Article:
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'Our biggest competition in India is spreadsheets'

Sonal Khetarpal     November 27, 2019

Automation and digitisation have become buzzwords where companies are trying to transform work processes to reduce drudgery and create value for the firm and its clients. Shahid Nizami, Managing Director (Asia Pacific), HubSpot says, "there is still lack of awareness among small-to medium-sized businesses in India on digital and automation."

He says, they are focusing on strengthening their India presence. The reason is simple. He says, "We find several SMBs even today continue to use spreadsheets to maintain sales records."  The problem with is data on spreadsheet is as good as a list without insights on when the customer was last contacted and if they ever checked the firm's website. Lack of this data makes it difficult for firms to make sales and marketing decisions, he explains.

HubSpot offers a full stack of software for three functions: marketing, sales, and customer service, with a free CRM tool at its core. It focuses on SMBs across industries with workforce that varies from 10 to 2,000 employees.  While their top three markets are Australia, Japan and Singapore, India is one of the largest markets with free signups.

"India is a cost sensitive market so the freemium model works for us since companies are growing very fast here. We want to catch the young firms and growth with them," says Nizami. The firms usually start with using their free software and upgrade to paid version when they require specialised features. He adds, "Though I admit that this motion is relatively less fast, as compared to the other mature markets."

 From their three core offerings: Sales hub, marketing hub and services hub, India is seeing traction for their sales product. HubSpot's co-founder and CTO Dharmesh Shah says reason is automating sales leads is the first step a company takes in its digital journey before moving on to the inbound marketing.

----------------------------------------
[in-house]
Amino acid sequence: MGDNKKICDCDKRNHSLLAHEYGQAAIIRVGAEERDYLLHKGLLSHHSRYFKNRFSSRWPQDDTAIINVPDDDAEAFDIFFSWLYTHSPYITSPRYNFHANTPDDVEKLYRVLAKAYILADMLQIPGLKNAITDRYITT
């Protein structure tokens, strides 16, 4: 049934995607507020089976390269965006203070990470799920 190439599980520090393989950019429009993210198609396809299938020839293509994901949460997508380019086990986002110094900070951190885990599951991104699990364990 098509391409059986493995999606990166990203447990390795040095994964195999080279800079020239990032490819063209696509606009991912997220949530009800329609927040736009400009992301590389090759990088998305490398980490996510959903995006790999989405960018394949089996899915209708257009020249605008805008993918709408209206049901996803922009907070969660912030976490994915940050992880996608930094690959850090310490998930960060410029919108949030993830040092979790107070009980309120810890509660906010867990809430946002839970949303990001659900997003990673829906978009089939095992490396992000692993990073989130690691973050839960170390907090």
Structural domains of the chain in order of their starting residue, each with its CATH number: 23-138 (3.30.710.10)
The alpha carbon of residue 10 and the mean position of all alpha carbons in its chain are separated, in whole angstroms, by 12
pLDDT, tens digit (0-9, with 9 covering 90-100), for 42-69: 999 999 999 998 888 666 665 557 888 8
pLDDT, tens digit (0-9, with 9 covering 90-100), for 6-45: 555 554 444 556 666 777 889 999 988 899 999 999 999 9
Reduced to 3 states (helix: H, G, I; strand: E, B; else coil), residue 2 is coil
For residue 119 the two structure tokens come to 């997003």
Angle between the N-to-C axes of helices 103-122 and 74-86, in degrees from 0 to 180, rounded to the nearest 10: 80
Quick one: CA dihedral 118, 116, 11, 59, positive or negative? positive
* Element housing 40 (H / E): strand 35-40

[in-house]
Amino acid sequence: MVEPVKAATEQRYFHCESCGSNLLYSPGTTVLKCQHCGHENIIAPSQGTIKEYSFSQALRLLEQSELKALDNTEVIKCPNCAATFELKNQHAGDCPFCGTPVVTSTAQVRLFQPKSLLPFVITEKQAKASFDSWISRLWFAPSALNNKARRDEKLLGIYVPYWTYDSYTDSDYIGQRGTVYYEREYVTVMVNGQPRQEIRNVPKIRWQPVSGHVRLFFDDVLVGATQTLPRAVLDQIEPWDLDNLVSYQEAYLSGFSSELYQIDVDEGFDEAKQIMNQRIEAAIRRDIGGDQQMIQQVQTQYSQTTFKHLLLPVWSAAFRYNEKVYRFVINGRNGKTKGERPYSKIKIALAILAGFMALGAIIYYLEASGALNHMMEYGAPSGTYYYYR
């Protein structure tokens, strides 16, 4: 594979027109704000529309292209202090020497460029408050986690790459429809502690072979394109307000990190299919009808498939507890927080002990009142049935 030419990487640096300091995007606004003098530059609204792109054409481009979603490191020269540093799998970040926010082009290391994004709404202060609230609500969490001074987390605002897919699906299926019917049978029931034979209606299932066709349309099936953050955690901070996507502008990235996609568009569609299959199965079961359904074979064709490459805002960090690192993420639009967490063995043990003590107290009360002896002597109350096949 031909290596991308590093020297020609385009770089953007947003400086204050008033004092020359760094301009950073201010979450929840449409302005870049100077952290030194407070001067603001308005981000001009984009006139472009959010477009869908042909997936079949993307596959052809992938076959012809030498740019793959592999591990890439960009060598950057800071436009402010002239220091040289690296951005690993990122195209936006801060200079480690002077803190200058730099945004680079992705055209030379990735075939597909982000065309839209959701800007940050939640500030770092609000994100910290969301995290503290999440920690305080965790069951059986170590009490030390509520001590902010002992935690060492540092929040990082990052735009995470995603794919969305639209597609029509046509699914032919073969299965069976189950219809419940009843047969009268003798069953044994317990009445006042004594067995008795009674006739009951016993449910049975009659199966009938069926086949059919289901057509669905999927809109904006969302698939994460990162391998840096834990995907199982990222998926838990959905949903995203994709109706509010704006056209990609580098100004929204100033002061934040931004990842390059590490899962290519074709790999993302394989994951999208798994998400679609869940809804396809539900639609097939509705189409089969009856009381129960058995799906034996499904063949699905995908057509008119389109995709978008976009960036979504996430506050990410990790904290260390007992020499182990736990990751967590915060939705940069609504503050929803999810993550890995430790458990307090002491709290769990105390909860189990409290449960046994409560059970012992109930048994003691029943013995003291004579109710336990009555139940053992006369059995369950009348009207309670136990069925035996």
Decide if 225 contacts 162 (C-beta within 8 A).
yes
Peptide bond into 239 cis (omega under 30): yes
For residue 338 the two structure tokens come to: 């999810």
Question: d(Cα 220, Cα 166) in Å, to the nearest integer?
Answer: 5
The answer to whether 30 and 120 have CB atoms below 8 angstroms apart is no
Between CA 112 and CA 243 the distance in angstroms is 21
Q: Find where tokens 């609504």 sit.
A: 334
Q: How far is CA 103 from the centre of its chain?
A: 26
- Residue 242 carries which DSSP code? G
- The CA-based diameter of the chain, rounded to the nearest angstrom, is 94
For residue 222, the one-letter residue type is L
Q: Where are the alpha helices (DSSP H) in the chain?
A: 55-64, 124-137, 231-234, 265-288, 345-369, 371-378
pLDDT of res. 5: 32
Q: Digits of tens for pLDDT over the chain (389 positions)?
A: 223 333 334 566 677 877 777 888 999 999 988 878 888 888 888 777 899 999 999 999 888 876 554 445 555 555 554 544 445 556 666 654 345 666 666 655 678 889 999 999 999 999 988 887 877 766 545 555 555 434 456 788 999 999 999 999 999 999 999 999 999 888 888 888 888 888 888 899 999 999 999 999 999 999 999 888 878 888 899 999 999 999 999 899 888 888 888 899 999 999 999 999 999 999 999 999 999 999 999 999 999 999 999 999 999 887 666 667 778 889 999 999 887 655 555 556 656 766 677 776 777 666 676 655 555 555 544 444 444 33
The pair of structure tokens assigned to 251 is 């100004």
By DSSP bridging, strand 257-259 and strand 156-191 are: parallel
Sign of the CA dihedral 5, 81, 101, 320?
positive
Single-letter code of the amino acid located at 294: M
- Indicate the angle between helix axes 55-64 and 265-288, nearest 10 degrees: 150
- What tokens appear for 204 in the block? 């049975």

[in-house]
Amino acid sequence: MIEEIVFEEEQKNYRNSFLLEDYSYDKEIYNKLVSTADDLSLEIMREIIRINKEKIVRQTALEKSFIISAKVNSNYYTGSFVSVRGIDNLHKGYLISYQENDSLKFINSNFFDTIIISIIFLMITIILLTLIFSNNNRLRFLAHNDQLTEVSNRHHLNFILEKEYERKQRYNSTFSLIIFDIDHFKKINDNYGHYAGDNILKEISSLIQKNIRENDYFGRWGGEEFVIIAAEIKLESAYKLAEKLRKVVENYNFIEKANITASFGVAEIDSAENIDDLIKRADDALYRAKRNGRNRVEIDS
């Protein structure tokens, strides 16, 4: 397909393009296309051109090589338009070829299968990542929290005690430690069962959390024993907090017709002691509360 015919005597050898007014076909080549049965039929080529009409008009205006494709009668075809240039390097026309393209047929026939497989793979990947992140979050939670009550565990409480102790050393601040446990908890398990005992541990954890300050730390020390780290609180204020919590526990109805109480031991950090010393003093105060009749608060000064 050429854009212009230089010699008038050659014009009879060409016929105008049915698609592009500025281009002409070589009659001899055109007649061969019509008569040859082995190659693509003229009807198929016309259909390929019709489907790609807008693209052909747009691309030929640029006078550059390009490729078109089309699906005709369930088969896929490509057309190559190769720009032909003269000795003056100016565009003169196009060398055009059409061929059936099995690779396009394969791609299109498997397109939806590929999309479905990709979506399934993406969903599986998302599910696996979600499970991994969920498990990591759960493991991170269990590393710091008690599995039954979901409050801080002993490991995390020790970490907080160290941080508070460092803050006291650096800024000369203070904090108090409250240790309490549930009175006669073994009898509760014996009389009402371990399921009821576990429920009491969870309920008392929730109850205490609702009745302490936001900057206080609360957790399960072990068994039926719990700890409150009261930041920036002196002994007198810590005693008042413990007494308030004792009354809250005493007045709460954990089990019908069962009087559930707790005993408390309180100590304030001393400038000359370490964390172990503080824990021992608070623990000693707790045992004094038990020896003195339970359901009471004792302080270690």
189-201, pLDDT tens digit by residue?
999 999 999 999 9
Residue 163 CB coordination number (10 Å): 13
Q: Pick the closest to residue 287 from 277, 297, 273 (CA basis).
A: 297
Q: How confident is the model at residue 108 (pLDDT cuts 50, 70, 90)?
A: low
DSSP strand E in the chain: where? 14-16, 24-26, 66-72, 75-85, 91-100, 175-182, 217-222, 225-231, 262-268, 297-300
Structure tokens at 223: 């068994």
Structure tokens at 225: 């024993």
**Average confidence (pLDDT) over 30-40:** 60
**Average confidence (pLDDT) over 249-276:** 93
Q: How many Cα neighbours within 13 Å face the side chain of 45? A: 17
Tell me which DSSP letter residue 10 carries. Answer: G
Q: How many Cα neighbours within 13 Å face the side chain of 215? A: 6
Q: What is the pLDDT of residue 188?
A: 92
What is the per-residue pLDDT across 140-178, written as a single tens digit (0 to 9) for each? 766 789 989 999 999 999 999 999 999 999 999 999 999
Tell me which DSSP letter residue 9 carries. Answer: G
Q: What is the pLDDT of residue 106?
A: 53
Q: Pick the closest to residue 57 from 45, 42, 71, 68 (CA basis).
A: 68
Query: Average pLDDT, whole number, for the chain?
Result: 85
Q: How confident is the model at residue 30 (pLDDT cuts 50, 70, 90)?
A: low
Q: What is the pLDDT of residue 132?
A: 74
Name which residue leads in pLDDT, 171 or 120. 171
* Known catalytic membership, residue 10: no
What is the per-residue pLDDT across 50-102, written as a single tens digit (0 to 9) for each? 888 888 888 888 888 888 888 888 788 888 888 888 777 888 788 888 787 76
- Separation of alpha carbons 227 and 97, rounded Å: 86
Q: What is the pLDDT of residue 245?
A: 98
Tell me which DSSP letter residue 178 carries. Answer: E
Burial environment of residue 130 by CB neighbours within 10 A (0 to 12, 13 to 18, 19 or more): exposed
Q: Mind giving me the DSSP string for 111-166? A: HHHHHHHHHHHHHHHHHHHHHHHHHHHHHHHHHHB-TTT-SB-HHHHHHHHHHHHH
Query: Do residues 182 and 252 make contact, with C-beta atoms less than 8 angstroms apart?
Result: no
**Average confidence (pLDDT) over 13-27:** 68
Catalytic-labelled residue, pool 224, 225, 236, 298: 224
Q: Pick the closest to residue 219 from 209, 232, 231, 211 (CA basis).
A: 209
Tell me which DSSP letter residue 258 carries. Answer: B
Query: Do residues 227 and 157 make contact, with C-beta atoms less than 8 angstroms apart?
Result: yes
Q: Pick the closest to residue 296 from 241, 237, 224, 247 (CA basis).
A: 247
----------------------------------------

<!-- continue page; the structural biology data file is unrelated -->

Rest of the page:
Shah refuses to share data on the percentage of companies that upgrade from free to paid version. Globally, the conversion rate in a freemium model is from two to five per cent.  

But, Shah says he is in no rush to get companies to upgrade. "If they want to enjoy the free product forever, we're totally cool with that," says Shah. He explains it has several business benefits.  It gives a huge pool of consumer insights on the product feature and the word of mouth marketing.

Founded in June 2006, HubSpot has 68,800 customers in over 100 countries. HubSpot recently hired its India Sales Director Adarsh Noronha who was earlier General Manager at Oracle India. Delivery services firm Dunzo, real estate developer Kohinoor, coworking cafe company Coffic, market research firm Markets and Markets are using Hubspot software in India.

The US-based firm has raised $100.6 million in six funding rounds and has acquired 12 companies till date.

(The writer was invited by HubSpot to attend its digital marketing conference GROW in Singapore)

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